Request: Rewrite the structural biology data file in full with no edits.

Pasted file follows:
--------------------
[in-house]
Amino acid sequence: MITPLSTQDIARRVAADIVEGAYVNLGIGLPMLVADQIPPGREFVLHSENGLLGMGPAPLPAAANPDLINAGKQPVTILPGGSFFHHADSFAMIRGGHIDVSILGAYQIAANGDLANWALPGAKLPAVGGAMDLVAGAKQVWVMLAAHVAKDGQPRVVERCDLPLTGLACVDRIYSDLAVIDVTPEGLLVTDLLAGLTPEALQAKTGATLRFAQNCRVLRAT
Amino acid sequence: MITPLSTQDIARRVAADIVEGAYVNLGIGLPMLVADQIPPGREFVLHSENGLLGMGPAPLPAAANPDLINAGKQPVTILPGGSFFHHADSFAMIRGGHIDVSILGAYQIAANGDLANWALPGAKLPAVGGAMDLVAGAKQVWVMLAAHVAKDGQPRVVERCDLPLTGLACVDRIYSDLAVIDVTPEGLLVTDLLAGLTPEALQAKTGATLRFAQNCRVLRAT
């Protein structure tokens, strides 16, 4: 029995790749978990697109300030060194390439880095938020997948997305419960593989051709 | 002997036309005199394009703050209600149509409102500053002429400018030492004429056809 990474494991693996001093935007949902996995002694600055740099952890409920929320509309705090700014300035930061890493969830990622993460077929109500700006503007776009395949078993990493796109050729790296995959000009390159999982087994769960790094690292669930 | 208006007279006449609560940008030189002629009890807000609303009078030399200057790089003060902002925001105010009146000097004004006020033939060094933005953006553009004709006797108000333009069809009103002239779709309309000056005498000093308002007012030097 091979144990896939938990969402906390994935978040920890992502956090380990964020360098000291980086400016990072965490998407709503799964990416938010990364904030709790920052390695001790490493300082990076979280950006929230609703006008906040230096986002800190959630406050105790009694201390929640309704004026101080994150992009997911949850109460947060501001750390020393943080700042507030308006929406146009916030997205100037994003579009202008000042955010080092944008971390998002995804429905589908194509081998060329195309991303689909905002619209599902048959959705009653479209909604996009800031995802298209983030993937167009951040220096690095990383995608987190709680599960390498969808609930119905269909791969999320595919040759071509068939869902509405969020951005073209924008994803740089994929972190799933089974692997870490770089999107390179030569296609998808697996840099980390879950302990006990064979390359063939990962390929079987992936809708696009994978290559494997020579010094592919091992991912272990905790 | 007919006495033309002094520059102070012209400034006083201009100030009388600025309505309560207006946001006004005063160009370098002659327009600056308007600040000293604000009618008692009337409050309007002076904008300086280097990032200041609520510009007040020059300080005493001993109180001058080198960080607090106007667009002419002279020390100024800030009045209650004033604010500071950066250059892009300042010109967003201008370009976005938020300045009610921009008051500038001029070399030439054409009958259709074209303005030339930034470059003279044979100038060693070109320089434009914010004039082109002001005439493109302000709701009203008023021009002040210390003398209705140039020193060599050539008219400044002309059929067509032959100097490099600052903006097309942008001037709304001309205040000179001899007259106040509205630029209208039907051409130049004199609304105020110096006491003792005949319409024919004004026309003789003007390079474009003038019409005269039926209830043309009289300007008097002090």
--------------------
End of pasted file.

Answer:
[in-house]
Amino acid sequence: MITPLSTQDIARRVAADIVEGAYVNLGIGLPMLVADQIPPGREFVLHSENGLLGMGPAPLPAAANPDLINAGKQPVTILPGGSFFHHADSFAMIRGGHIDVSILGAYQIAANGDLANWALPGAKLPAVGGAMDLVAGAKQVWVMLAAHVAKDGQPRVVERCDLPLTGLACVDRIYSDLAVIDVTPEGLLVTDLLAGLTPEALQAKTGATLRFAQNCRVLRAT
Amino acid sequence: MITPLSTQDIARRVAADIVEGAYVNLGIGLPMLVADQIPPGREFVLHSENGLLGMGPAPLPAAANPDLINAGKQPVTILPGGSFFHHADSFAMIRGGHIDVSILGAYQIAANGDLANWALPGAKLPAVGGAMDLVAGAKQVWVMLAAHVAKDGQPRVVERCDLPLTGLACVDRIYSDLAVIDVTPEGLLVTDLLAGLTPEALQAKTGATLRFAQNCRVLRAT
């Protein structure tokens, strides 16, 4: 029995790749978990697109300030060194390439880095938020997948997305419960593989051709 | 002997036309005199394009703050209600149509409102500053002429400018030492004429056809 990474494991693996001093935007949902996995002694600055740099952890409920929320509309705090700014300035930061890493969830990622993460077929109500700006503007776009395949078993990493796109050729790296995959000009390159999982087994769960790094690292669930 | 208006007279006449609560940008030189002629009890807000609303009078030399200057790089003060902002925001105010009146000097004004006020033939060094933005953006553009004709006797108000333009069809009103002239779709309309000056005498000093308002007012030097 091979144990896939938990969402906390994935978040920890992502956090380990964020360098000291980086400016990072965490998407709503799964990416938010990364904030709790920052390695001790490493300082990076979280950006929230609703006008906040230096986002800190959630406050105790009694201390929640309704004026101080994150992009997911949850109460947060501001750390020393943080700042507030308006929406146009916030997205100037994003579009202008000042955010080092944008971390998002995804429905589908194509081998060329195309991303689909905002619209599902048959959705009653479209909604996009800031995802298209983030993937167009951040220096690095990383995608987190709680599960390498969808609930119905269909791969999320595919040759071509068939869902509405969020951005073209924008994803740089994929972190799933089974692997870490770089999107390179030569296609998808697996840099980390879950302990006990064979390359063939990962390929079987992936809708696009994978290559494997020579010094592919091992991912272990905790 | 007919006495033309002094520059102070012209400034006083201009100030009388600025309505309560207006946001006004005063160009370098002659327009600056308007600040000293604000009618008692009337409050309007002076904008300086280097990032200041609520510009007040020059300080005493001993109180001058080198960080607090106007667009002419002279020390100024800030009045209650004033604010500071950066250059892009300042010109967003201008370009976005938020300045009610921009008051500038001029070399030439054409009958259709074209303005030339930034470059003279044979100038060693070109320089434009914010004039082109002001005439493109302000709701009203008023021009002040210390003398209705140039020193060599050539008219400044002309059929067509032959100097490099600052903006097309942008001037709304001309205040000179001899007259106040509205630029209208039907051409130049004199609304105020110096006491003792005949319409024919004004026309003789003007390079474009003038019409005269039926209830043309009289300007008097002090």